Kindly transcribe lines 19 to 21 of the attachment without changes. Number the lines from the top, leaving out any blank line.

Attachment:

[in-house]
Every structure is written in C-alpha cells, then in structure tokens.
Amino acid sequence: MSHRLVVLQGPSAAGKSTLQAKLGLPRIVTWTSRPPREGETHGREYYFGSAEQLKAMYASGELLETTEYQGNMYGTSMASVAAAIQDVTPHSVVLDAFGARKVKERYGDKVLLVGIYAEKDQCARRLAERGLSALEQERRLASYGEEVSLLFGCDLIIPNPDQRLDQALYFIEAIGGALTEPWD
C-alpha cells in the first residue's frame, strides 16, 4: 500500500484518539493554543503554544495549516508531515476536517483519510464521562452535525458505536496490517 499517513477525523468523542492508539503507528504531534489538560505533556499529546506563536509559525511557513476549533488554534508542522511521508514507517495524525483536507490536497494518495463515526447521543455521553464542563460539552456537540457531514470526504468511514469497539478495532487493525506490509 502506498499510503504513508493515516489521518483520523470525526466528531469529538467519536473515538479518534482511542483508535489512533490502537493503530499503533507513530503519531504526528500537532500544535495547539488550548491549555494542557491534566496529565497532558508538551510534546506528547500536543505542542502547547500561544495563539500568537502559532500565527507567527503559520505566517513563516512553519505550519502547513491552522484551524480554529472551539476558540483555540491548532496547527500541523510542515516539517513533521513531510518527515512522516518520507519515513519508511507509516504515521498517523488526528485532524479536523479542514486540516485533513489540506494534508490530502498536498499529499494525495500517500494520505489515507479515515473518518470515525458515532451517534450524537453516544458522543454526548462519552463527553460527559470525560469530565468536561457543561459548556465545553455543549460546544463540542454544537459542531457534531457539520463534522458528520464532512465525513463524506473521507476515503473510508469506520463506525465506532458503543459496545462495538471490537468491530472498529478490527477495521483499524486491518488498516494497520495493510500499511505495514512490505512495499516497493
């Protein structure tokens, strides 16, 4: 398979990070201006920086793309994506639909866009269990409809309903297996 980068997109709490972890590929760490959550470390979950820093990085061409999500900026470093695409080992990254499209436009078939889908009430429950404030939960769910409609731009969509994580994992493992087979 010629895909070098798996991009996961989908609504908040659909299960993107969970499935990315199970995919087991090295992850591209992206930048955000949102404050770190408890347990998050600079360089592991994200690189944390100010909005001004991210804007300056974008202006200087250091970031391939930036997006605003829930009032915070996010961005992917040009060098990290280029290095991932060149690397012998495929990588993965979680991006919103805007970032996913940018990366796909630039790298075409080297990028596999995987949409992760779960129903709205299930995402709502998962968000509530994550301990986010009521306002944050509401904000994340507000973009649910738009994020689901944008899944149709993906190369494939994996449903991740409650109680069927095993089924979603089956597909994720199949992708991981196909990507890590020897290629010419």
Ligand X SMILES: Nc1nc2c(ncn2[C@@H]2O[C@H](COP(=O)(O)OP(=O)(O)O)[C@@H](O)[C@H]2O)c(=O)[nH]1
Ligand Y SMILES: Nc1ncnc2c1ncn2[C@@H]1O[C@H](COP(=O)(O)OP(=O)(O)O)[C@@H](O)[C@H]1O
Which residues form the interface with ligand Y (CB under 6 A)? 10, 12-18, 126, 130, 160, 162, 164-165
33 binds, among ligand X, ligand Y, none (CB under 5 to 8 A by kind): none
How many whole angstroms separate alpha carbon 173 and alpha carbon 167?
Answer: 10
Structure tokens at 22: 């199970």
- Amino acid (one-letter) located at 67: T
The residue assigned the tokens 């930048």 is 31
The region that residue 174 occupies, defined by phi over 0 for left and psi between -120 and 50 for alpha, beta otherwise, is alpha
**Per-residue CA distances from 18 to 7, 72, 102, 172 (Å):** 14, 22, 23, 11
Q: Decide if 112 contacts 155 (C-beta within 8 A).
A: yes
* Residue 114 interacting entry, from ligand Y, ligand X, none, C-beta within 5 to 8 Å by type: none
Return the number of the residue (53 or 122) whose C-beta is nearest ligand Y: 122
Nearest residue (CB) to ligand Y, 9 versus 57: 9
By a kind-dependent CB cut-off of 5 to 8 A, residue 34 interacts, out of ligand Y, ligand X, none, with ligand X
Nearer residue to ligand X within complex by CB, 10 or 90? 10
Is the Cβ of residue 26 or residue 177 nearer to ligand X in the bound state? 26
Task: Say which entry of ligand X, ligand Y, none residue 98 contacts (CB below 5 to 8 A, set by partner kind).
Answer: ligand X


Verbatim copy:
* Residue 114 interacting entry, from ligand Y, ligand X, none, C-beta within 5 to 8 Å by type: none
Return the number of the residue (53 or 122) whose C-beta is nearest ligand Y: 122
Nearest residue (CB) to ligand Y, 9 versus 57: 9